Old barn, Montana.
Is there a photographer in America who can’t pass up a shot at an old barn? The message of charming old Americana is irresistible.

Tract housing
“Little boxes on the hillside
Little boxes made of ticky tacky
Little boxes on the hillside
Little boxes all the same

There’s a pink one and a green one
And a blue one and a yellow one
And they’re all made out of ticky tacky
And they all look just the same”

Way back in 1962, political activist, author, song writer and folk singer Malvina Reynolds captured the monotony and white bread tedium of suburban tract housing in her song Little Boxes. True, I live in a tract house, and true, tract housing is a necessity, but that doesn’t take away from the message that tract housing conveys to me; ‘unimaginative, crowded, and antiseptic.’ (Important note: If you’re tract neighborhood has a homeowner’s association then it’s almost certain that the yellow houses and pink houses in Malvina’s song would violate the HOA’s covenants, conditions, and restrictions

To see Anne’s take on Buildings, visit her site and then scroll down to the comments section where you can see other interpretations of Buildings.

21 thoughts on “Monthly Monochrome (and LAPC): The Messages in Buildings

  1. Steve Johnson says:

    I love this group of photos, Paul! Architectural photography is definitely your wheelhouse. I’d love to see either, or even both, of the SF photos on metallic print.

    1. Paul says:

      Thanks Steve. Given your photo background I consider that extremely high praise.

  2. Anne Sandler says:

    I’m so glad I was reading your mind when I created this challenge Paul. Your photos are excellent and varied. I liked the old barn and the house in Berkley with the vines growing over what seems to be a door. And the glass building with all the reflections, simply great.

    1. Paul says:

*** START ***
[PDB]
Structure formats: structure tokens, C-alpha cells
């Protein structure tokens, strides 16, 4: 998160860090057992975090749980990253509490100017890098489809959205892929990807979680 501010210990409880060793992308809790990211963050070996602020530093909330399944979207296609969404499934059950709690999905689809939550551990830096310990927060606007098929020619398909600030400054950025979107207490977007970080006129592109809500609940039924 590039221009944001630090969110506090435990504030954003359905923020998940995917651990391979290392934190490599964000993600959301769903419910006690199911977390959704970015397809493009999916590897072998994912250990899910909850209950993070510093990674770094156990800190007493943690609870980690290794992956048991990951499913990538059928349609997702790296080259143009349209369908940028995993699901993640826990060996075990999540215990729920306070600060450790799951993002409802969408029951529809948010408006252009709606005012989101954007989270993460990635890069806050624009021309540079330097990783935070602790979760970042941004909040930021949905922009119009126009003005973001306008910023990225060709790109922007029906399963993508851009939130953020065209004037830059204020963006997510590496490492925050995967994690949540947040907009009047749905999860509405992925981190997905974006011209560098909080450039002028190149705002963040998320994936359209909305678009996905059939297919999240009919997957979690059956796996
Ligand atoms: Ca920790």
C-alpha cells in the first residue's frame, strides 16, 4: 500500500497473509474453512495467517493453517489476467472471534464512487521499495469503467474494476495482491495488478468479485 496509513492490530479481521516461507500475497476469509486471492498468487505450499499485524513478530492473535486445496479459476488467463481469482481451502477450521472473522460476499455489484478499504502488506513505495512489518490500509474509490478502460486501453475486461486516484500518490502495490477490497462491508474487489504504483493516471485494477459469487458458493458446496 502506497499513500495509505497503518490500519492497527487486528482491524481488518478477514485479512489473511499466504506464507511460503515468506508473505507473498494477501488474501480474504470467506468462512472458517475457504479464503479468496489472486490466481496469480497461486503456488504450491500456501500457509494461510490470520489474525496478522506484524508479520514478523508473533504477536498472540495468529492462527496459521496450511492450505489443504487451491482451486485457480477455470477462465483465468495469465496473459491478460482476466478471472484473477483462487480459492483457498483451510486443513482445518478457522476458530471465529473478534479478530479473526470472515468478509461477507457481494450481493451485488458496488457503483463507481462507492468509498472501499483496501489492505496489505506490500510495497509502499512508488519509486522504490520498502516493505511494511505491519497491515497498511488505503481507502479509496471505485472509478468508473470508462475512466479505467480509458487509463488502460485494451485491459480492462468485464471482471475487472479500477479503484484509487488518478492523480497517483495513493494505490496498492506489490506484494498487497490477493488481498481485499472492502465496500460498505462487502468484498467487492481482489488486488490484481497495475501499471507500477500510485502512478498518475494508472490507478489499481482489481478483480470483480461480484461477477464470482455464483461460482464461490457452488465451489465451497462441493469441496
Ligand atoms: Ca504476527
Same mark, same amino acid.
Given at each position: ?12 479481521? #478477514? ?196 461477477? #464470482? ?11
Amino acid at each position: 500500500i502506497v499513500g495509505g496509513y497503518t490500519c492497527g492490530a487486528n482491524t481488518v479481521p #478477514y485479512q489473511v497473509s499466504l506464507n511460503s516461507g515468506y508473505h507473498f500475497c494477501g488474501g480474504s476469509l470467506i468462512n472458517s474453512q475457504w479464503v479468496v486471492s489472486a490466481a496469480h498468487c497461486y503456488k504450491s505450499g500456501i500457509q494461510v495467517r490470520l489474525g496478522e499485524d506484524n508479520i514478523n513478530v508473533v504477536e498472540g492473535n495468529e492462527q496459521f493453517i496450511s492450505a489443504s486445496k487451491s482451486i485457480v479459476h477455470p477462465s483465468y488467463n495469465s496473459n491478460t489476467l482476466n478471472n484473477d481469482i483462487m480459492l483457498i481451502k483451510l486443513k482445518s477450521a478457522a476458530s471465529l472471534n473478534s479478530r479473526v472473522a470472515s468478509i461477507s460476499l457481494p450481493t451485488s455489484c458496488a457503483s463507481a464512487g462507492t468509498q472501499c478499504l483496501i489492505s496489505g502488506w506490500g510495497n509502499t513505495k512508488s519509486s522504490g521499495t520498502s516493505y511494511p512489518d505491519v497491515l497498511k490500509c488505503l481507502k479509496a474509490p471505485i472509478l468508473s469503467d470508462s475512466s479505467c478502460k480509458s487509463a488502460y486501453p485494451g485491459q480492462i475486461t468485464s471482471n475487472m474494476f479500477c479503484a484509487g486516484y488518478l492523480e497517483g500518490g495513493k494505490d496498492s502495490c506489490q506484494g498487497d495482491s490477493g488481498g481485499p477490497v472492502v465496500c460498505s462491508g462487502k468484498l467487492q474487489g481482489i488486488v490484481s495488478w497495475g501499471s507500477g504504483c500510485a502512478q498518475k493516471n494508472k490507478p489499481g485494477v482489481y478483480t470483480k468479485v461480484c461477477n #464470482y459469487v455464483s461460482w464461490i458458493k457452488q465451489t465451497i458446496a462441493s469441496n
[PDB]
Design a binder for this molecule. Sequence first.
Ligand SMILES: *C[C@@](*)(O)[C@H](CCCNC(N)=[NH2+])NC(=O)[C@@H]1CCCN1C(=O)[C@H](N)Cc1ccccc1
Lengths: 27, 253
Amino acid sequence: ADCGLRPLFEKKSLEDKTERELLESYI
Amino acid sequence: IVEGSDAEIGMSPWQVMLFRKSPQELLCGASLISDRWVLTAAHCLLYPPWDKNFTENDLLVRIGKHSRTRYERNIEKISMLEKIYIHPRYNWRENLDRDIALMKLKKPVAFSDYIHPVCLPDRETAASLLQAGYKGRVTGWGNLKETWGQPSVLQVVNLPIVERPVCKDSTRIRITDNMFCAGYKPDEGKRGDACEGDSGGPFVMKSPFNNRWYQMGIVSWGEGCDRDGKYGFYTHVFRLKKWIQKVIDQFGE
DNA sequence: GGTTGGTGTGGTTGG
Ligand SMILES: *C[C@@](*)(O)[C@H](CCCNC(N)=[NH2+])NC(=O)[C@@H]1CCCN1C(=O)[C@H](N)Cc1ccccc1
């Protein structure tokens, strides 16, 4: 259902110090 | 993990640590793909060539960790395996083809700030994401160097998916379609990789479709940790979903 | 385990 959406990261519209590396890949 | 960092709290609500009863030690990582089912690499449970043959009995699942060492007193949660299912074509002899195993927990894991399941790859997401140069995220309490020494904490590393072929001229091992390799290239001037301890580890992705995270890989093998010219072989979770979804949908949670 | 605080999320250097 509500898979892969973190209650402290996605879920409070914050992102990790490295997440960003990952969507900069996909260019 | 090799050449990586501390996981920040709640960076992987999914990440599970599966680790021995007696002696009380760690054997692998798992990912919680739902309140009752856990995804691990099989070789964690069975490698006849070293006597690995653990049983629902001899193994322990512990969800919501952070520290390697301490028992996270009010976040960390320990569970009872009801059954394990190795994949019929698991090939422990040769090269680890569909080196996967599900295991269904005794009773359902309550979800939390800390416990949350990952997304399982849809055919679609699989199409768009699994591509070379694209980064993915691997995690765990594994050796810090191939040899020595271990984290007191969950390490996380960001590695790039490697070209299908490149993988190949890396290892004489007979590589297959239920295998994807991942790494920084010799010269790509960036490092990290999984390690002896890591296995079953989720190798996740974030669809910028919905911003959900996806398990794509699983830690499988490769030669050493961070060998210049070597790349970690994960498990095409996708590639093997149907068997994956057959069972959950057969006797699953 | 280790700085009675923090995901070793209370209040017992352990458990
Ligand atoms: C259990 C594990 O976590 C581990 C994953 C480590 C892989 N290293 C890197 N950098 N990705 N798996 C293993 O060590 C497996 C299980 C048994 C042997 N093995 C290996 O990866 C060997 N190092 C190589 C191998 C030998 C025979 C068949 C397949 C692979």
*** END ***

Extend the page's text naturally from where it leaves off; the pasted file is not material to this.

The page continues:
Hello Anne,
      I’m so glad that you came up with the topic of buildings.
      That vine covered house on Cedar Street became just a little more creepy for anyone who’s watched the TV series, The Last of Us. Thank you for reading and commenting.

  3. Tina Schell says:

    B&W was a perfect choice this week Paul – don’t you just love a good coincidence?! Loved all of your examples and your commentary. My favorite is Eternal but the old barn that follows it also has lots to say. Loved all the reflections on the Linkedin building too.Terrific post

    1. Paul says:

      Hello Tina,
      Thank you so much. Glad you enjoyed them.

  4. JohnRH says:

    GREAT format for monochromes. LOVE the reflections photo.

    1. Paul says:

      Hello John,
      Thank you, once again.

  5. I remember that song well from my childhood…performed live with a laughing audience as accompaniment as I recall. Love the clashes of old and new, contemporary and abandoned, in this collection.

    1. Paul says:

      Thank you so much.
      The song was allegedly written about Daly City, California which is located just south of San Francisco. The boxes are still there. Only now there’s more of them.

  6. alison41 says:

    Fabulous pics. You are talented!

    1. Paul says:

      Thank you Alison!


  7. Hettie D. says:

    Fascinating! I so much admire photographers who can do this black-and-white magic!

    1. Paul says:

      Thank you Hettie. Part of the magic is in the technology and, I think, a larger part is not being intimidated by monochrome. Color is so much easier. It’s there, it’s natural.

  8. Leya says:

    Market Street, Cedar Street and the old barn are extremely beautiful – but so are all of them. A true joy to scroll over and over again, Paul!

    1. Paul says:

      Thank you so much Ann-Christine.

  9. David says:

    Very nice.

    1. Paul says:

      Thank you David. Much appreciated. Hope you are well.

      1. David says:

        You’re welcome, and I am doing good, thank you.

  10. selizabryangmailcom says:

    Fantastic images. Starkly beautiful.

    1. Paul says:

      Thank you Stacey.
      Much appreciated.